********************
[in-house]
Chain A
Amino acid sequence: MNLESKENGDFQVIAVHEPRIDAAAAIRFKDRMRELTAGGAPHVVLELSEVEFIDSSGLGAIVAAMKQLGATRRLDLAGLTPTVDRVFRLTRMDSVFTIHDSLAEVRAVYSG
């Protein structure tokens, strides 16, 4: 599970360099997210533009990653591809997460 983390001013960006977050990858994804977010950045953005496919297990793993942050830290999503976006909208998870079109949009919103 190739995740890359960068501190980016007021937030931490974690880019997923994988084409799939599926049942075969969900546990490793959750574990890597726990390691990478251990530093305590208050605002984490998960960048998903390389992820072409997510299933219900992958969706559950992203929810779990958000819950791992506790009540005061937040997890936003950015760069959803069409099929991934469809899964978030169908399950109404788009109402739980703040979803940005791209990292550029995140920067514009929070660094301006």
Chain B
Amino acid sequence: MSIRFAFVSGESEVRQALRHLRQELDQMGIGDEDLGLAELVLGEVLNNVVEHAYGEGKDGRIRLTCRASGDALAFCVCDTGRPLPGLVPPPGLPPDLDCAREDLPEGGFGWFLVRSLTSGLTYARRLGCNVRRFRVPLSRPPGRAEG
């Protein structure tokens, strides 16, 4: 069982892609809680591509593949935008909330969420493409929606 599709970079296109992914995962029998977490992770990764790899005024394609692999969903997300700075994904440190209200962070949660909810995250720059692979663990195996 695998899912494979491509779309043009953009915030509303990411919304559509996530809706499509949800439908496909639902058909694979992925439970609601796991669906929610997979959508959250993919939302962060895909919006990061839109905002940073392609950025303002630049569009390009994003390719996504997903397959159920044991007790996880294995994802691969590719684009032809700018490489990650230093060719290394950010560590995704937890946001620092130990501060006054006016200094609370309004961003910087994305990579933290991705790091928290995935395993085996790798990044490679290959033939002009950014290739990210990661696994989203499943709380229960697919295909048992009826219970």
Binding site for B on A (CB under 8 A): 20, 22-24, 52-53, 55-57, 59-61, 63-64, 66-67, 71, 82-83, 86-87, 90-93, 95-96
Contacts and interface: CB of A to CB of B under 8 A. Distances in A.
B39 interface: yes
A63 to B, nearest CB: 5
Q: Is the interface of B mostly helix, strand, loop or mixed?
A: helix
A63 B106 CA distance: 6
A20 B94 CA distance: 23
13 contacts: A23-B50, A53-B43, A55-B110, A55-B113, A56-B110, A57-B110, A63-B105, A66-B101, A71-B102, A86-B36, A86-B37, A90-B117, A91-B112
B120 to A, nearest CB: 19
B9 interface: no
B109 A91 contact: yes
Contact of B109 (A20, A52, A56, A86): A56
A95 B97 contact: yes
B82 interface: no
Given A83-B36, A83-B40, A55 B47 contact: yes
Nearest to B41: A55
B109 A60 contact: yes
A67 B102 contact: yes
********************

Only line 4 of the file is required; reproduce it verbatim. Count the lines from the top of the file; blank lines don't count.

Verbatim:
């Protein structure tokens, strides 16, 4: 599970360099997210533009990653591809997460 983390001013960006977050990858994804977010950045953005496919297990793993942050830290999503976006909208998870079109949009919103 190739995740890359960068501190980016007021937030931490974690880019997923994988084409799939599926049942075969969900546990490793959750574990890597726990390691990478251990530093305590208050605002984490998960960048998903390389992820072409997510299933219900992958969706559950992203929810779990958000819950791992506790009540005061937040997890936003950015760069959803069409099929991934469809899964978030169908399950109404788009109402739980703040979803940005791209990292550029995140920067514009929070660094301006």